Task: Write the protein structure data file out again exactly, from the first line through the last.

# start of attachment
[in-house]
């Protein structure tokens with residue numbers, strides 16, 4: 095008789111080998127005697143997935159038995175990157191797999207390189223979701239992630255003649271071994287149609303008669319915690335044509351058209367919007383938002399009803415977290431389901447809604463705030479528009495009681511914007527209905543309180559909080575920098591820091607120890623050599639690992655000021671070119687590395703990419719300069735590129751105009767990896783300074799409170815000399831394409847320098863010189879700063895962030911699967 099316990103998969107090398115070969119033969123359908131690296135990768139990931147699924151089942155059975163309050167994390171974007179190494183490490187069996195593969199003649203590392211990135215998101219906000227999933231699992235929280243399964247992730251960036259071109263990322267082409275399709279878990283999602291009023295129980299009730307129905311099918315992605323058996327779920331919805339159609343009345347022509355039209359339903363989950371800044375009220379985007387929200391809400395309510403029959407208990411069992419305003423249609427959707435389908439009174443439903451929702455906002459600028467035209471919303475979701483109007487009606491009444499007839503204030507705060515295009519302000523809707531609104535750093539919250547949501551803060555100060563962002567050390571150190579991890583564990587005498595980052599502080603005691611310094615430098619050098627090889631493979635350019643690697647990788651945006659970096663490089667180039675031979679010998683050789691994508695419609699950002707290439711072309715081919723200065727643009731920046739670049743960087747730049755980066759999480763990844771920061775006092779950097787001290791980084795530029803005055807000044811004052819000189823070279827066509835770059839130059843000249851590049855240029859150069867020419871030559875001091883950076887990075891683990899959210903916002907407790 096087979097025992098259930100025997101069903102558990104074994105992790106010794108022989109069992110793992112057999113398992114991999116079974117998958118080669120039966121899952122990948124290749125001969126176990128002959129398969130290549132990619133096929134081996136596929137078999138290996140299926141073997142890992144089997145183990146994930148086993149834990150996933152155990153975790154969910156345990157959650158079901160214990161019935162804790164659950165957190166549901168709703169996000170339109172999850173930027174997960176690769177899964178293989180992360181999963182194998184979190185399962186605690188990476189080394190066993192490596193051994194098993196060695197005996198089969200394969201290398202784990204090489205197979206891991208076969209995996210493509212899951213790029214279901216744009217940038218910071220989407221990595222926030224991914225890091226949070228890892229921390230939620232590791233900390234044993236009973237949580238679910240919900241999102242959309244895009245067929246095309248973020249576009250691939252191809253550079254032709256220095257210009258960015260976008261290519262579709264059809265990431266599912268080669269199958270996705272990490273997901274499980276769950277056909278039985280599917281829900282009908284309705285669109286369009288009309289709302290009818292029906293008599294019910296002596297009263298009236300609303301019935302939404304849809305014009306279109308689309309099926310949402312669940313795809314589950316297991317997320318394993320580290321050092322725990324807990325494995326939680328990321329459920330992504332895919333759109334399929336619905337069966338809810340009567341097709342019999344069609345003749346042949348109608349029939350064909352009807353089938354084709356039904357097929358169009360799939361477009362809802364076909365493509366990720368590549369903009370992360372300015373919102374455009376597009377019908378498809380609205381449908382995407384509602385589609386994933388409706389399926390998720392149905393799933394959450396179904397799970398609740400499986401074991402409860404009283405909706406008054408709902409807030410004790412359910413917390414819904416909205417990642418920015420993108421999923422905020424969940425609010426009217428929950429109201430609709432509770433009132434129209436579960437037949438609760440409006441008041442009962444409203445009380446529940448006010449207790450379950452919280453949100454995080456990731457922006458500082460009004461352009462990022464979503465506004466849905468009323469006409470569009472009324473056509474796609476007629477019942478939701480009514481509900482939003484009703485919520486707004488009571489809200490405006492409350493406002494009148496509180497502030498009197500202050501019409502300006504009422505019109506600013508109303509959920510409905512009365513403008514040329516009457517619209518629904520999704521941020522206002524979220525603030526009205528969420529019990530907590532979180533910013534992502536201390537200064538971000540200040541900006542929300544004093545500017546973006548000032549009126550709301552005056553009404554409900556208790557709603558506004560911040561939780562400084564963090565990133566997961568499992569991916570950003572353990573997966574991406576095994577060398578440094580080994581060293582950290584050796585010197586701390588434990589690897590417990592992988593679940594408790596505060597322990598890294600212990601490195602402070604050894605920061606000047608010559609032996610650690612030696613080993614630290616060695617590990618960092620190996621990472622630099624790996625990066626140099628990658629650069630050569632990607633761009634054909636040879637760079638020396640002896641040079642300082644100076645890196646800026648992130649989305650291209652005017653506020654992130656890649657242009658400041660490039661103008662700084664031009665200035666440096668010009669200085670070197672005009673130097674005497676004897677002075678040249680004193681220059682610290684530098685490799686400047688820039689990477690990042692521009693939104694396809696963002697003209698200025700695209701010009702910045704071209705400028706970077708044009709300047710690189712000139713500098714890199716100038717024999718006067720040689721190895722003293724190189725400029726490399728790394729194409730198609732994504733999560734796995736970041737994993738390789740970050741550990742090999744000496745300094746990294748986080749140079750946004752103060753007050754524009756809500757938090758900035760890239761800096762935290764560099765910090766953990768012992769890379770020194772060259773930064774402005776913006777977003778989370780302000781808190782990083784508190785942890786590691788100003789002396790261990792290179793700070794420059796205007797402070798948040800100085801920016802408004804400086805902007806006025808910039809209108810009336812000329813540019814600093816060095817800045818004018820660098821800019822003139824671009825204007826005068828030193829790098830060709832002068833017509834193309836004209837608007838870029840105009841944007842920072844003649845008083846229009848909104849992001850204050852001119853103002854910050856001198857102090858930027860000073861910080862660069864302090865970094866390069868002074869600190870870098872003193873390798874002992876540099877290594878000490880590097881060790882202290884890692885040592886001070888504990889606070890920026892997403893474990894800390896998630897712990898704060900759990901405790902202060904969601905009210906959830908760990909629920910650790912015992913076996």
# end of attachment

[in-house]
């Protein structure tokens with residue numbers, strides 16, 4: 095008789111080998127005697143997935159038995175990157191797999207390189223979701239992630255003649271071994287149609303008669319915690335044509351058209367919007383938002399009803415977290431389901447809604463705030479528009495009681511914007527209905543309180559909080575920098591820091607120890623050599639690992655000021671070119687590395703990419719300069735590129751105009767990896783300074799409170815000399831394409847320098863010189879700063895962030911699967 099316990103998969107090398115070969119033969123359908131690296135990768139990931147699924151089942155059975163309050167994390171974007179190494183490490187069996195593969199003649203590392211990135215998101219906000227999933231699992235929280243399964247992730251960036259071109263990322267082409275399709279878990283999602291009023295129980299009730307129905311099918315992605323058996327779920331919805339159609343009345347022509355039209359339903363989950371800044375009220379985007387929200391809400395309510403029959407208990411069992419305003423249609427959707435389908439009174443439903451929702455906002459600028467035209471919303475979701483109007487009606491009444499007839503204030507705060515295009519302000523809707531609104535750093539919250547949501551803060555100060563962002567050390571150190579991890583564990587005498595980052599502080603005691611310094615430098619050098627090889631493979635350019643690697647990788651945006659970096663490089667180039675031979679010998683050789691994508695419609699950002707290439711072309715081919723200065727643009731920046739670049743960087747730049755980066759999480763990844771920061775006092779950097787001290791980084795530029803005055807000044811004052819000189823070279827066509835770059839130059843000249851590049855240029859150069867020419871030559875001091883950076887990075891683990899959210903916002907407790 096087979097025992098259930100025997101069903102558990104074994105992790106010794108022989109069992110793992112057999113398992114991999116079974117998958118080669120039966121899952122990948124290749125001969126176990128002959129398969130290549132990619133096929134081996136596929137078999138290996140299926141073997142890992144089997145183990146994930148086993149834990150996933152155990153975790154969910156345990157959650158079901160214990161019935162804790164659950165957190166549901168709703169996000170339109172999850173930027174997960176690769177899964178293989180992360181999963182194998184979190185399962186605690188990476189080394190066993192490596193051994194098993196060695197005996198089969200394969201290398202784990204090489205197979206891991208076969209995996210493509212899951213790029214279901216744009217940038218910071220989407221990595222926030224991914225890091226949070228890892229921390230939620232590791233900390234044993236009973237949580238679910240919900241999102242959309244895009245067929246095309248973020249576009250691939252191809253550079254032709256220095257210009258960015260976008261290519262579709264059809265990431266599912268080669269199958270996705272990490273997901274499980276769950277056909278039985280599917281829900282009908284309705285669109286369009288009309289709302290009818292029906293008599294019910296002596297009263298009236300609303301019935302939404304849809305014009306279109308689309309099926310949402312669940313795809314589950316297991317997320318394993320580290321050092322725990324807990325494995326939680328990321329459920330992504332895919333759109334399929336619905337069966338809810340009567341097709342019999344069609345003749346042949348109608349029939350064909352009807353089938354084709356039904357097929358169009360799939361477009362809802364076909365493509366990720368590549369903009370992360372300015373919102374455009376597009377019908378498809380609205381449908382995407384509602385589609386994933388409706389399926390998720392149905393799933394959450396179904397799970398609740400499986401074991402409860404009283405909706406008054408709902409807030410004790412359910413917390414819904416909205417990642418920015420993108421999923422905020424969940425609010426009217428929950429109201430609709432509770433009132434129209436579960437037949438609760440409006441008041442009962444409203445009380446529940448006010449207790450379950452919280453949100454995080456990731457922006458500082460009004461352009462990022464979503465506004466849905468009323469006409470569009472009324473056509474796609476007629477019942478939701480009514481509900482939003484009703485919520486707004488009571489809200490405006492409350493406002494009148496509180497502030498009197500202050501019409502300006504009422505019109506600013508109303509959920510409905512009365513403008514040329516009457517619209518629904520999704521941020522206002524979220525603030526009205528969420529019990530907590532979180533910013534992502536201390537200064538971000540200040541900006542929300544004093545500017546973006548000032549009126550709301552005056553009404554409900556208790557709603558506004560911040561939780562400084564963090565990133566997961568499992569991916570950003572353990573997966574991406576095994577060398578440094580080994581060293582950290584050796585010197586701390588434990589690897590417990592992988593679940594408790596505060597322990598890294600212990601490195602402070604050894605920061606000047608010559609032996610650690612030696613080993614630290616060695617590990618960092620190996621990472622630099624790996625990066626140099628990658629650069630050569632990607633761009634054909636040879637760079638020396640002896641040079642300082644100076645890196646800026648992130649989305650291209652005017653506020654992130656890649657242009658400041660490039661103008662700084664031009665200035666440096668010009669200085670070197672005009673130097674005497676004897677002075678040249680004193681220059682610290684530098685490799686400047688820039689990477690990042692521009693939104694396809696963002697003209698200025700695209701010009702910045704071209705400028706970077708044009709300047710690189712000139713500098714890199716100038717024999718006067720040689721190895722003293724190189725400029726490399728790394729194409730198609732994504733999560734796995736970041737994993738390789740970050741550990742090999744000496745300094746990294748986080749140079750946004752103060753007050754524009756809500757938090758900035760890239761800096762935290764560099765910090766953990768012992769890379770020194772060259773930064774402005776913006777977003778989370780302000781808190782990083784508190785942890786590691788100003789002396790261990792290179793700070794420059796205007797402070798948040800100085801920016802408004804400086805902007806006025808910039809209108810009336812000329813540019814600093816060095817800045818004018820660098821800019822003139824671009825204007826005068828030193829790098830060709832002068833017509834193309836004209837608007838870029840105009841944007842920072844003649845008083846229009848909104849992001850204050852001119853103002854910050856001198857102090858930027860000073861910080862660069864302090865970094866390069868002074869600190870870098872003193873390798874002992876540099877290594878000490880590097881060790882202290884890692885040592886001070888504990889606070890920026892997403893474990894800390896998630897712990898704060900759990901405790902202060904969601905009210906959830908760990909629920910650790912015992913076996």